The 14 percent cap on bank deposit rates is only a temporary measure to ensure safety for the financial system and can be lifted when the market becomes stable, a central bank official said.
The ceiling was introduced in an attempt to prevent unhealthy competition between lenders, Nguyen Thi Hong, deputy director of the Monetary Policy Department at the central bank, was cited as saying in a report on news website VnExpress.
"Interest rates are what banks mainly use to compete with each other in attracting deposits. So when the market is unstable, the lack of a rate cap would likely lead to a race between banks, hurting the system's safety," she said.
Hong said when interest rates are stabilized, the authorities may consider removing the cap. "I believe after aggressive measures recently taken to deal with banks violating the rate cap, a race among lenders will not happen again."
The State Bank of Vietnam in September banned commercial banks from paying more than 14 percent on dong deposits in order to bring lending rates down.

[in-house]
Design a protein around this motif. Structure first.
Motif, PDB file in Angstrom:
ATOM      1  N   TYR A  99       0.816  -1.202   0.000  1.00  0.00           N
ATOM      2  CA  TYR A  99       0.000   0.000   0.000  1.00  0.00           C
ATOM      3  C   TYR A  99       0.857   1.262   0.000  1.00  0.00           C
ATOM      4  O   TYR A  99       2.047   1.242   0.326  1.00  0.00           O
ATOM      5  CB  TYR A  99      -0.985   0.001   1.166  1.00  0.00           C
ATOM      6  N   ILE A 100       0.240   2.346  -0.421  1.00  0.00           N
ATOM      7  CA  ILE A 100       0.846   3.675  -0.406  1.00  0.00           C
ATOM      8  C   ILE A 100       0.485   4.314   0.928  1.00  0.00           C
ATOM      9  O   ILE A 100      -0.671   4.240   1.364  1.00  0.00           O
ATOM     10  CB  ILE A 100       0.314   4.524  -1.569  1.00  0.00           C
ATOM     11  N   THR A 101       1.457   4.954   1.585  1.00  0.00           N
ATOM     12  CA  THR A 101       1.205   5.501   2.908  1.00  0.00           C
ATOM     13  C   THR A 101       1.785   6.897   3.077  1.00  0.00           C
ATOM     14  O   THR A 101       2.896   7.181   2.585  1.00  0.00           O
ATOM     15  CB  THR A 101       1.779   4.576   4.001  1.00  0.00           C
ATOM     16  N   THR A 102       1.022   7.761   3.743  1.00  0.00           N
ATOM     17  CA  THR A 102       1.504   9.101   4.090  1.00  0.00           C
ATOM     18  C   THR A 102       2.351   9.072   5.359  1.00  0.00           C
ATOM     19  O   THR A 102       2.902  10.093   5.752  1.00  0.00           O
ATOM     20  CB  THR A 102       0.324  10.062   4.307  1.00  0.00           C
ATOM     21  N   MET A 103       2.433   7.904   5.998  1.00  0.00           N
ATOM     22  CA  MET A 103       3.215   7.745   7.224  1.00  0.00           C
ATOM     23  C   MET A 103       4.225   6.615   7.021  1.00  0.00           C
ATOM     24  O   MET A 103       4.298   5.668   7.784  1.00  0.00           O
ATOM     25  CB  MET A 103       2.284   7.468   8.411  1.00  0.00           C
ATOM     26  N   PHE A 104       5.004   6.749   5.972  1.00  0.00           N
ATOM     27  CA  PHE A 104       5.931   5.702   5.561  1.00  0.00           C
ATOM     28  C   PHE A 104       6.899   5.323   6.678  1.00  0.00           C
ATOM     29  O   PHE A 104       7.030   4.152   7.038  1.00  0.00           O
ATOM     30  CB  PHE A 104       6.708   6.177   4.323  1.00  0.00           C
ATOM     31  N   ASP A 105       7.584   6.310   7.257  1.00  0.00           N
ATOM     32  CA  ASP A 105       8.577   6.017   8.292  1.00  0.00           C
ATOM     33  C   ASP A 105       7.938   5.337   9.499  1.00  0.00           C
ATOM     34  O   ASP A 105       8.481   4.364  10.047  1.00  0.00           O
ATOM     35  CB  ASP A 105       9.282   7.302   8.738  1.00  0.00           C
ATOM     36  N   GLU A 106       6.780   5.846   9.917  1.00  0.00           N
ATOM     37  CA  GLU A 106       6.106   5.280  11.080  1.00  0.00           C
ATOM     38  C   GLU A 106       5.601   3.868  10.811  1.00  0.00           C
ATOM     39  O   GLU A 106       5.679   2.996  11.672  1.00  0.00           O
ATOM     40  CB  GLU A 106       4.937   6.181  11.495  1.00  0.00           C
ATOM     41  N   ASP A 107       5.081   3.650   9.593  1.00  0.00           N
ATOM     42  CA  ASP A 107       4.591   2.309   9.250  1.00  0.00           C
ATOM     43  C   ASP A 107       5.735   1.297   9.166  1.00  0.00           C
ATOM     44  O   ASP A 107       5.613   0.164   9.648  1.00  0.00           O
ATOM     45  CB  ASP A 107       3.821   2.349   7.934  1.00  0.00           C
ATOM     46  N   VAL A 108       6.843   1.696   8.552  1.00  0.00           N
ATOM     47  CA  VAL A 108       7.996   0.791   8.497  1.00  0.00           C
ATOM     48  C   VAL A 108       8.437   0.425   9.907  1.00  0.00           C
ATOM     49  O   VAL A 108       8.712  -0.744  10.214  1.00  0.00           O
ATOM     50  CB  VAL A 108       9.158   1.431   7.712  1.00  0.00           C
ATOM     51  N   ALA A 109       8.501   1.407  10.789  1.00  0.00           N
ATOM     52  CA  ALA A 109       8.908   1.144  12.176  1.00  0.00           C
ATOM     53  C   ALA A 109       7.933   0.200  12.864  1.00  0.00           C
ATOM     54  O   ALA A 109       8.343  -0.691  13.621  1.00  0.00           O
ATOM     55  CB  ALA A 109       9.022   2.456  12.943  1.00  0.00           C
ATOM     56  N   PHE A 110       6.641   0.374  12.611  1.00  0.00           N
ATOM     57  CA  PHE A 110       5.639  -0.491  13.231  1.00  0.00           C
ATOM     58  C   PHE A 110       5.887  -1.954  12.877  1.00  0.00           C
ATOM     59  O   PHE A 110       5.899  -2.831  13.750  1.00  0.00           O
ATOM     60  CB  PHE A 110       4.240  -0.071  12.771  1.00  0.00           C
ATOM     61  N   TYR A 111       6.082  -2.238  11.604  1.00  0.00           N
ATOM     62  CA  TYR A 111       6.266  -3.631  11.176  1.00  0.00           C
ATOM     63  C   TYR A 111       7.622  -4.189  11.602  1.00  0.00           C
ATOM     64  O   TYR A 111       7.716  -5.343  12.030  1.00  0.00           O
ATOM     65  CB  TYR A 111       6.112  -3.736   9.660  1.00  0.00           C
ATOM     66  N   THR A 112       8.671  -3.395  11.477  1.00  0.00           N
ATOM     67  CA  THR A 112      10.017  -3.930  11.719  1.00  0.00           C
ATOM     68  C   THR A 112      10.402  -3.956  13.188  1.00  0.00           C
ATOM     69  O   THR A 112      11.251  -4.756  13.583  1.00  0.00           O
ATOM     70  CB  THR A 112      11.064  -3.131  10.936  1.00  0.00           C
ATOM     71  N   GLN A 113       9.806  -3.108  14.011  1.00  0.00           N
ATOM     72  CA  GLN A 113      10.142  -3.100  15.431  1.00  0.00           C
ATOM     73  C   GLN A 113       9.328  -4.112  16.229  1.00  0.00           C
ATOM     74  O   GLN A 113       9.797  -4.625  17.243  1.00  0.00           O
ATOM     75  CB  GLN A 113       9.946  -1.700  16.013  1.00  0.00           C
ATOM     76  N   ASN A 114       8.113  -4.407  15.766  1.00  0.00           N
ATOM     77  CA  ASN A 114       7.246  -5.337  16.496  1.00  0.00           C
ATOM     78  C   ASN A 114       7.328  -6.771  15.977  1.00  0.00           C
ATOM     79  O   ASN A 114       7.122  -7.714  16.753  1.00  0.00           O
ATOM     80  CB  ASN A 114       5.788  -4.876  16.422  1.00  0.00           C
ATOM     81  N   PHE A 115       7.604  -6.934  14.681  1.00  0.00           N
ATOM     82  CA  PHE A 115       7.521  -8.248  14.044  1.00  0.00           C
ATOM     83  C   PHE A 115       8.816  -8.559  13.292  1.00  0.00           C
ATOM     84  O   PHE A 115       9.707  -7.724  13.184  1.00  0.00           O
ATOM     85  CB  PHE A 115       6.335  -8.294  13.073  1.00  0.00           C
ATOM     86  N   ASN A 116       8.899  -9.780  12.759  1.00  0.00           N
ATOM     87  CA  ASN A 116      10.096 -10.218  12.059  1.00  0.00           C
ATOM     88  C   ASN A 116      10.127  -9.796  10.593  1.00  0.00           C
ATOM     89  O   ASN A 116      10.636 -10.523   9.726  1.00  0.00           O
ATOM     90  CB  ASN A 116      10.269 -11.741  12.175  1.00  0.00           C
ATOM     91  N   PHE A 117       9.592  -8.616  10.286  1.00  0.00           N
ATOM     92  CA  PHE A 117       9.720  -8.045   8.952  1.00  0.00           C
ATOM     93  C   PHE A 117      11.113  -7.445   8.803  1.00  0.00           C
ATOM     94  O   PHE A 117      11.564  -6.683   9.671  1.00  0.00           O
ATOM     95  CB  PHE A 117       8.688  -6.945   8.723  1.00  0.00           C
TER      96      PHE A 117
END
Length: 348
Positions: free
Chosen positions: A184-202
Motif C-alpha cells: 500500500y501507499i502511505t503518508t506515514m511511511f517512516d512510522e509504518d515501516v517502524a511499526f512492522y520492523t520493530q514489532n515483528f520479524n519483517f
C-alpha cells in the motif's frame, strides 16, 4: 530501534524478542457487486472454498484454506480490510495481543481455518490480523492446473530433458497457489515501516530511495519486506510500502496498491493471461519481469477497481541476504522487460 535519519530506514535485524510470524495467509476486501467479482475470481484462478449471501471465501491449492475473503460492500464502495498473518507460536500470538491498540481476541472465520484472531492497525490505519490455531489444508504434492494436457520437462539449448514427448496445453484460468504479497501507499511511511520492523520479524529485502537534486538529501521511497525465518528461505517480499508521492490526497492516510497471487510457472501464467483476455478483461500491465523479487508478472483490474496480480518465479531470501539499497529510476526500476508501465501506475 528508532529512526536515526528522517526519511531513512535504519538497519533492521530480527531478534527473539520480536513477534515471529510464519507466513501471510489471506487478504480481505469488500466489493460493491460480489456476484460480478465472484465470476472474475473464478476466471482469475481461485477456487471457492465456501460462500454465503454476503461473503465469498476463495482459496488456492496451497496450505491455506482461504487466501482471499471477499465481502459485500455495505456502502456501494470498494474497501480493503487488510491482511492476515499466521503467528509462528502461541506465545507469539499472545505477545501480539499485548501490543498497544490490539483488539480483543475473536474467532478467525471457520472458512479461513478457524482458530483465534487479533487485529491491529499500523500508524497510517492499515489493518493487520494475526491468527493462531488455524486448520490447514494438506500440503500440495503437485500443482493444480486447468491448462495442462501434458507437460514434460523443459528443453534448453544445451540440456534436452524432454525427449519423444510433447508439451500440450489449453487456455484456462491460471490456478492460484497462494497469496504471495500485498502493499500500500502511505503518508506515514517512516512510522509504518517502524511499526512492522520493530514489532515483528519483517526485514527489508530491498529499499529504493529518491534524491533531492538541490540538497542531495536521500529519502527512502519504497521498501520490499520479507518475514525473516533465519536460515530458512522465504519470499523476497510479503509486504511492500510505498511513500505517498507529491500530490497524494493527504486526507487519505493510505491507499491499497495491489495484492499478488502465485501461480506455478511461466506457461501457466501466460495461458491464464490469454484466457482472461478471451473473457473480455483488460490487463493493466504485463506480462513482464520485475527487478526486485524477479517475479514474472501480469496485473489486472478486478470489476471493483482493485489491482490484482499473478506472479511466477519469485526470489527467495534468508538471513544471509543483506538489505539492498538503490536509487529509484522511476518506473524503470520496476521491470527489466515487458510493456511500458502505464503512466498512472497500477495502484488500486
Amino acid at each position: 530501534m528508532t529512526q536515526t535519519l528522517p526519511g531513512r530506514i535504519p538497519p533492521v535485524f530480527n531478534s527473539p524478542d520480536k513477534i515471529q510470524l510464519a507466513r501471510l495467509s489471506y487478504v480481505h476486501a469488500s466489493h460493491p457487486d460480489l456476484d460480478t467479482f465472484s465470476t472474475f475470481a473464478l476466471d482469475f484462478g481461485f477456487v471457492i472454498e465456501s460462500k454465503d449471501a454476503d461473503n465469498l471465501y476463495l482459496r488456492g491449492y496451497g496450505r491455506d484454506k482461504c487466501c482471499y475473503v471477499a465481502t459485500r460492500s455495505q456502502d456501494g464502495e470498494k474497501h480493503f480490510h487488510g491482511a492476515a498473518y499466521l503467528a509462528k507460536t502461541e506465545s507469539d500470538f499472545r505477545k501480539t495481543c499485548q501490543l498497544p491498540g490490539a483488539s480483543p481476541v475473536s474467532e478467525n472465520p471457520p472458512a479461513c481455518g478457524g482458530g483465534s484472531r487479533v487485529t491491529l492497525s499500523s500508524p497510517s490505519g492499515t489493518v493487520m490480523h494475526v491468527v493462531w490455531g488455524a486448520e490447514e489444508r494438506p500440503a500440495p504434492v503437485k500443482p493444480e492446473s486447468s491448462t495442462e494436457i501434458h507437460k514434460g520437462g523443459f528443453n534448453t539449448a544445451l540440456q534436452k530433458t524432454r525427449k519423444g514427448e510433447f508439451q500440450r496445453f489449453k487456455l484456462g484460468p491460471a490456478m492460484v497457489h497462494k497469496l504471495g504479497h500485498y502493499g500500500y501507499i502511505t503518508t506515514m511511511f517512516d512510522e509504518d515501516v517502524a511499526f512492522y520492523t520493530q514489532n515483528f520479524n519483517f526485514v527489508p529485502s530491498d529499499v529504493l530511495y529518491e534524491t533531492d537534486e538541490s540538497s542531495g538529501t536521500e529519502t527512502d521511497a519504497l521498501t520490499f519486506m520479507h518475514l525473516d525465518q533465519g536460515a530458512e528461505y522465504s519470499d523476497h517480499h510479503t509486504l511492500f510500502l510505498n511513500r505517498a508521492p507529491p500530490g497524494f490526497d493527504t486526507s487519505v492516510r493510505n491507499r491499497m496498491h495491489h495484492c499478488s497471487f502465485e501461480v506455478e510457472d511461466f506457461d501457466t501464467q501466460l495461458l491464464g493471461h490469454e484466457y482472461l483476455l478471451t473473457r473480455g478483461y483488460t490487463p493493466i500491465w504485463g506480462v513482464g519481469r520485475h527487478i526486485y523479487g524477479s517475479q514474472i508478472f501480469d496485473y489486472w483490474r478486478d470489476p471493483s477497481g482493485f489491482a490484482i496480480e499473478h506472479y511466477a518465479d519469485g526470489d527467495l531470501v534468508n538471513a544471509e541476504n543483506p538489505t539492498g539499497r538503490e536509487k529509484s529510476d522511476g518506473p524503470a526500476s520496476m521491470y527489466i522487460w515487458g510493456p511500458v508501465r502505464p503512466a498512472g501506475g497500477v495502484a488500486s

Two partly private lenders, Dong A and HDBank, have been found violating the regulation. Central bank inspectors last week asked HDBank's board of management to dismiss Deputy CEO Dam The Thai from his position as a punishment. Dong A has been banned from opening branches for a year.
Some experts have called for the removal of the cap.
To Kim Ngoc, vice president of the Banking Academy in Hanoi, said interest rates are high in Vietnam because there is a large gap between investment and savings. This is even more noticeable when money supply for the economy is restricted, she said.
"When monetary policies are tightened, interest rates will surge"¦ So why put a cap on interest rates?" she asked.
Earlier this month, Masato Miyazaki, a Washington-based division chief in the IMF's Asia and Pacific department, had said the deposit cap should be eliminated as "people are likely somewhat discouraged from putting their dong into bank accounts."